Vue 3 is not going to be one of those “big change releases” — the main difference will be that Vue 3 only targets modern “evergreen” browsers (i.e. IE11 & below are out). ‐ Hashnode: AMA with Vue.js Team

State of VueJS 2018

Basically, the development of the next version will have the backward compatibility with the v2.6 dev in parallel. The codebase will have the newest ES specification also.

There’s no doubt predicting another great year 2018 for Vue.js. Many developers used to say about ‘Angular vs React’ before, but now most will be agreeing on ‘Vue.js vs React’.

Take a look "Why we moved from Angular 2 to Vue.js (and why we didn’t choose React" article for reference.


Following the every 6 months release schedule, the v5.0 was release Nov/2017. The coming v6.0, reached RC status and if follows the schedule, it expected to be released on April.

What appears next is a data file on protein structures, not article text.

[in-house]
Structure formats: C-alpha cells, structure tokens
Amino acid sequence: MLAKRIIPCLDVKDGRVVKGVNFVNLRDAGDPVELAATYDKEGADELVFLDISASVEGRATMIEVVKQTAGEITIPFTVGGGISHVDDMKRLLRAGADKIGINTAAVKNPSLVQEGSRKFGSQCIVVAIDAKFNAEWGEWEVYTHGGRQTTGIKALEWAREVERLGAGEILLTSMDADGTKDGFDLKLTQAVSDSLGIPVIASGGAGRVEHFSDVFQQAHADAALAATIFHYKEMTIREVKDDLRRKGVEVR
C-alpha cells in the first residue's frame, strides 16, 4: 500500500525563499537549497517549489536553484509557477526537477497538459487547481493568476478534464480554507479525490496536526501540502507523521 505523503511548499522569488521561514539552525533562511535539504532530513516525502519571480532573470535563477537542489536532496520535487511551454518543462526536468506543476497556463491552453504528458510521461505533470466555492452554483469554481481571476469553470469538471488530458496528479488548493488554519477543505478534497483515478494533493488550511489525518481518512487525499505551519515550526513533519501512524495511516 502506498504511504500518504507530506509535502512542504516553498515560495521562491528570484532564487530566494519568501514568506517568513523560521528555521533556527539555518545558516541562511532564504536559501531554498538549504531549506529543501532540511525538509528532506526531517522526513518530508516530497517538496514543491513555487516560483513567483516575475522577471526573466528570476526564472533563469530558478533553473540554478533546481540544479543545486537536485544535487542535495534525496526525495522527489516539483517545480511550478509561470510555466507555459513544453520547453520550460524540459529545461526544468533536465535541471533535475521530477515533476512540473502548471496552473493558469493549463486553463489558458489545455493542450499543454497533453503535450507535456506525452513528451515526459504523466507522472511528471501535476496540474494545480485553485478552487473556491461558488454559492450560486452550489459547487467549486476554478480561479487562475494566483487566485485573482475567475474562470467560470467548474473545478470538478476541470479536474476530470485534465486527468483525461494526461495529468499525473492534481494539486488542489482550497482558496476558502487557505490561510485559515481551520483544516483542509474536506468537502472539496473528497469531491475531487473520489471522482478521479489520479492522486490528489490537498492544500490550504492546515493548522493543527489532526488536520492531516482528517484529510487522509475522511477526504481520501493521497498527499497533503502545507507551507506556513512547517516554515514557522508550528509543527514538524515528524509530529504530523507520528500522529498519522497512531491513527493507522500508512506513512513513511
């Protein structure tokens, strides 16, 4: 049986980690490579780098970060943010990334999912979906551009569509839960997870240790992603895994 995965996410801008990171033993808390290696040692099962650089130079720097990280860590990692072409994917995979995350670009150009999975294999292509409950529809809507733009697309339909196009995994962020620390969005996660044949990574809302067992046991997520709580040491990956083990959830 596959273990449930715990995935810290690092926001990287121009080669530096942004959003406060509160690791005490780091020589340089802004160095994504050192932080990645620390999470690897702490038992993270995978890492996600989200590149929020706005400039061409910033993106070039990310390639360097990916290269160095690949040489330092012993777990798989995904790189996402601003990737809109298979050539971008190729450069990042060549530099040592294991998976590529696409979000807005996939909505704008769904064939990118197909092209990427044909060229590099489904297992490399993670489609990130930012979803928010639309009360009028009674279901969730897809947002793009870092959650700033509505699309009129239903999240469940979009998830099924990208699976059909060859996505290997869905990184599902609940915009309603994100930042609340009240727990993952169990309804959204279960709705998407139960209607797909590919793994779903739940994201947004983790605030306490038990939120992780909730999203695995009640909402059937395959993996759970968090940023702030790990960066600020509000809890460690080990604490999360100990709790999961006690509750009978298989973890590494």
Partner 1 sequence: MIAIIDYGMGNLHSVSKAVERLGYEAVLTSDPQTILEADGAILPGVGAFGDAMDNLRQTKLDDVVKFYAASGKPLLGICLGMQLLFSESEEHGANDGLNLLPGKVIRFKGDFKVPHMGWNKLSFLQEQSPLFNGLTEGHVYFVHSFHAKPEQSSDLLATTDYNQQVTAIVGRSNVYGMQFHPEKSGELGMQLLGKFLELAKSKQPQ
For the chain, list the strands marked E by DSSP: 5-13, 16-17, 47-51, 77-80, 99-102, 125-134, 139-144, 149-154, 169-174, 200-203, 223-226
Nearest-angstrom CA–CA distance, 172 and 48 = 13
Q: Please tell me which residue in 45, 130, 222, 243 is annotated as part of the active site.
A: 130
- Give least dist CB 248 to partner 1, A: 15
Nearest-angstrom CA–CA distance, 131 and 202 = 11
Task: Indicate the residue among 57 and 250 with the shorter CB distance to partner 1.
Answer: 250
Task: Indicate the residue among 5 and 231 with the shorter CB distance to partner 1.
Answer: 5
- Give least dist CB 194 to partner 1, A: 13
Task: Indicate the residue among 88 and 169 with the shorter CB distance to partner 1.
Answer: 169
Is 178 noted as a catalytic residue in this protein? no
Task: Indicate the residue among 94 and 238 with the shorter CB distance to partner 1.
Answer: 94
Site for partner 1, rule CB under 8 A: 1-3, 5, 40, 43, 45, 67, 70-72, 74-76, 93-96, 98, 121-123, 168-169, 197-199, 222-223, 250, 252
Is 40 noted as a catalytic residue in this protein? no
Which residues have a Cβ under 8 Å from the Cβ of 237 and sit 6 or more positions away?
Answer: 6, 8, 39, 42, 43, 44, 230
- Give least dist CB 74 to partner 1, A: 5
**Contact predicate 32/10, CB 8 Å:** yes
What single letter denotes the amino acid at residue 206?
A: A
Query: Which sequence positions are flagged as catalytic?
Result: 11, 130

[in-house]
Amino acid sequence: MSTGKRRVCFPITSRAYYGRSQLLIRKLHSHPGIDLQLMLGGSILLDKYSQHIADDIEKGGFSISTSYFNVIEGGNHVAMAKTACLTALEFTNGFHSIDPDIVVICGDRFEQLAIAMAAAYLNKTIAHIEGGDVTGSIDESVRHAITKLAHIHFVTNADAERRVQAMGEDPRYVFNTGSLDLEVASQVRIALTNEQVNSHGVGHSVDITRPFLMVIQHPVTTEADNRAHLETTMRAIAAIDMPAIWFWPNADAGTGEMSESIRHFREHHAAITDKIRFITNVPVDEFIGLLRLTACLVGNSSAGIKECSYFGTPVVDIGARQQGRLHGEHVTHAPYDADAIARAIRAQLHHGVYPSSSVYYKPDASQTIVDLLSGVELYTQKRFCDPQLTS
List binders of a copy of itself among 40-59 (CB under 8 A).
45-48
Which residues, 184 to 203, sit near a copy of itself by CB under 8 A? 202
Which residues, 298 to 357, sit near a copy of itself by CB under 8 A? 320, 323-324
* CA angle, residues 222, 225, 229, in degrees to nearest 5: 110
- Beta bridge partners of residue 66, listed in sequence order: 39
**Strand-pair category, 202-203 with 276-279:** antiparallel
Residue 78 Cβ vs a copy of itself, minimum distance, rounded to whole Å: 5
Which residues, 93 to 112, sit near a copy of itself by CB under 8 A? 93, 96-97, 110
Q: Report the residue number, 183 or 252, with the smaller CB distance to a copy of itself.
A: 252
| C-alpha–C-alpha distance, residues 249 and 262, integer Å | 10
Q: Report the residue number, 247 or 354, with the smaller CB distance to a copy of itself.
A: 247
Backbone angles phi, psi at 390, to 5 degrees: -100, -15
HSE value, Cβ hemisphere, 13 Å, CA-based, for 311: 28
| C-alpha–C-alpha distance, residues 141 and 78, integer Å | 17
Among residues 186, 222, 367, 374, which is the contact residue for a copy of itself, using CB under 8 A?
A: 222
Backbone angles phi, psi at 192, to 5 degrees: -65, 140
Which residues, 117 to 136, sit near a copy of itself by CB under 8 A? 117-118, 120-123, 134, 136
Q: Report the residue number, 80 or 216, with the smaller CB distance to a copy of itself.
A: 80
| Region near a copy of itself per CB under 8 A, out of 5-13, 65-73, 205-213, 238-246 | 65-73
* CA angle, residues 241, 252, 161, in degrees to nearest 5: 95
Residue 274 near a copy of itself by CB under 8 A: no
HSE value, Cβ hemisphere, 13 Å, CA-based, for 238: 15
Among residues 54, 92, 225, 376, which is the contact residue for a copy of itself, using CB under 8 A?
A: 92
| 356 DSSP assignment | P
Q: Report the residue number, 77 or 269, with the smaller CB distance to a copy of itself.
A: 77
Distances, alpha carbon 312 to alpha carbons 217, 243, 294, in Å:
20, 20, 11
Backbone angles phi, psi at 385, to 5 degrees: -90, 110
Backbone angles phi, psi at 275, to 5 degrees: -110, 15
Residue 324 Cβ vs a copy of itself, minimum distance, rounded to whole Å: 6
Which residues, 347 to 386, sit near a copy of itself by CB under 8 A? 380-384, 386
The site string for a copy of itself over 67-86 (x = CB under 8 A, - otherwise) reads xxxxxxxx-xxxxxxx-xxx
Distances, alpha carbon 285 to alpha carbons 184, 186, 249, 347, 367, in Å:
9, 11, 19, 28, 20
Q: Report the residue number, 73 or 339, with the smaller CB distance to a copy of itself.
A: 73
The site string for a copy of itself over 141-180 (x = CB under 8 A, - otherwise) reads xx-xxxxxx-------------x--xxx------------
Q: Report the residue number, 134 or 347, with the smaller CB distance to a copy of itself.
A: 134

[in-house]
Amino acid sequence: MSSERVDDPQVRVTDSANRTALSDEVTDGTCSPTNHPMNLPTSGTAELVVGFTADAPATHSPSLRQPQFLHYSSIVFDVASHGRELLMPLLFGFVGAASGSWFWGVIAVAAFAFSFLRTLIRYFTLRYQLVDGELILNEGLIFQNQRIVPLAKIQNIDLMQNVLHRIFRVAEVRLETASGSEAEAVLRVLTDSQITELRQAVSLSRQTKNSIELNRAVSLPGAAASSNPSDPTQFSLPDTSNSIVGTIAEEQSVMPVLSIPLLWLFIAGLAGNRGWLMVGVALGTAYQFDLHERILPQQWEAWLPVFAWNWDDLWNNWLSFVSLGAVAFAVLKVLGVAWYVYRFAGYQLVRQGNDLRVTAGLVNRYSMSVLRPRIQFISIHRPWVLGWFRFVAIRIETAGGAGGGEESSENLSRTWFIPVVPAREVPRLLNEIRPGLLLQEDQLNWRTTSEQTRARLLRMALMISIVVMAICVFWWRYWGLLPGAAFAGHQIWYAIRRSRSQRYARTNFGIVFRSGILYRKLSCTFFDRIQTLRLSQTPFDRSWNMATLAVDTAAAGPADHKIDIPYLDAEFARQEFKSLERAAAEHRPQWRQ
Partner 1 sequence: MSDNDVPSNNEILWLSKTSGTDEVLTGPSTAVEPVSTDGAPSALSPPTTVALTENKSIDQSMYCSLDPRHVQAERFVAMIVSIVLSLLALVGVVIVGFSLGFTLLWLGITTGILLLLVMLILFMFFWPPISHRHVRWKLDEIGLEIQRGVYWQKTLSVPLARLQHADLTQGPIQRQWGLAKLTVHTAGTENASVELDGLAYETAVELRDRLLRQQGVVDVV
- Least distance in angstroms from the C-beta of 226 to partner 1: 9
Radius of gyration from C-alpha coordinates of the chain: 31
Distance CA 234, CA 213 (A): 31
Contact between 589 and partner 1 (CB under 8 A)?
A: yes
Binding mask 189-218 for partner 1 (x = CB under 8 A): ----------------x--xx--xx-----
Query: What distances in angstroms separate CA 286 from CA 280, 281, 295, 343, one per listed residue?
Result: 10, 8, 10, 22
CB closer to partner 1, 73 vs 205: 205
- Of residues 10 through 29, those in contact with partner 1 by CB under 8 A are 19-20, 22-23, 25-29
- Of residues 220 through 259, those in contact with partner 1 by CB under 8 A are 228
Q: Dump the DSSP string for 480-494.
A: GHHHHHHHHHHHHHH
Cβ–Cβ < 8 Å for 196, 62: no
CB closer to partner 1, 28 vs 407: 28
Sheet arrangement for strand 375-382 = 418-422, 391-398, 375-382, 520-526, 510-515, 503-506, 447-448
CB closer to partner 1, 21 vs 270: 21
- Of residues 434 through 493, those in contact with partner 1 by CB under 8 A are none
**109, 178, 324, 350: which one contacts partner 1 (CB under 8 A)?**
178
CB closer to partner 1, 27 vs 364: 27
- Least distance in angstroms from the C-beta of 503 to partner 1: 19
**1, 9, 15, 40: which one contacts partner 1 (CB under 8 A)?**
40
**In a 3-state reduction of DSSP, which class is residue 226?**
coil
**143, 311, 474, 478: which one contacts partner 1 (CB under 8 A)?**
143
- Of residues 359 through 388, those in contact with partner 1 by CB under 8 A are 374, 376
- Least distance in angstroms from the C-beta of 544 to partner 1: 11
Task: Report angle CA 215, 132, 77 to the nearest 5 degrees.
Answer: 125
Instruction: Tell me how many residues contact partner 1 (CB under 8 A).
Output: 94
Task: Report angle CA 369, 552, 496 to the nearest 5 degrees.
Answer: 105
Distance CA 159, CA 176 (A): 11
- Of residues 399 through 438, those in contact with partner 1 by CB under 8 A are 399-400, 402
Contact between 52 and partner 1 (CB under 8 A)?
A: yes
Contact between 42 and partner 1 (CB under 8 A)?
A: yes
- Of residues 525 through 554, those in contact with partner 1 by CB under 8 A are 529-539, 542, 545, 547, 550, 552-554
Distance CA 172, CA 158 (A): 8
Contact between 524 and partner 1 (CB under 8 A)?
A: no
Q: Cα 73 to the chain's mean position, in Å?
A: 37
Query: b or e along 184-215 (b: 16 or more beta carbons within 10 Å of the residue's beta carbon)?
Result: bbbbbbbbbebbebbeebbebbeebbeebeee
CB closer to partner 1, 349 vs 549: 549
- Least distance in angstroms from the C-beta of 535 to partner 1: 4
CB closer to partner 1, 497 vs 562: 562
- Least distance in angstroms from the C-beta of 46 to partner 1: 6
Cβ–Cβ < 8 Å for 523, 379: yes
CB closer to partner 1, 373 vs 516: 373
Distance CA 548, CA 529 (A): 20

Last year Angular focused improving performance mostly. In this year will be expected to have adding new features and new different approaches as well.

Prospectives on the v6.0 changes

Ivy Renderer

The new backward compatible experimental renderer called ‘Ivy Renderer’, will be added. It aims provides small size, simple debugging and faster compilation.

Trip report from ngAtlanta: Angular’s Roadmap, Inclusion, and more

It will not be a ‘breaking change’. It will be automatically enabled updating to the newer version.

Angular Elements

Angular Elements allows Angular components to publish as Custom Element. Simply think as a Angular component wrapped as Custom Element.

This means the expansion of Angular Component more freely. And being as Custom Element, it can be used on vanillaJS or on different frameworks such as React!

Angular Labs

Angular Labs is the idea announced from the ‘AngularMix’ conference on Oct/2017. The main goal is to provide having a clear and balanced communication with the previous releases, about new features and research.

Angular Labs Logo

Has been set the following initial three goals.

1. Shematic

The Angular DevKit / CLI team’s efforts to build generic tooling for transforming code, likes scaffolding, querying backend APIs, etc.

2. Component Dev Kit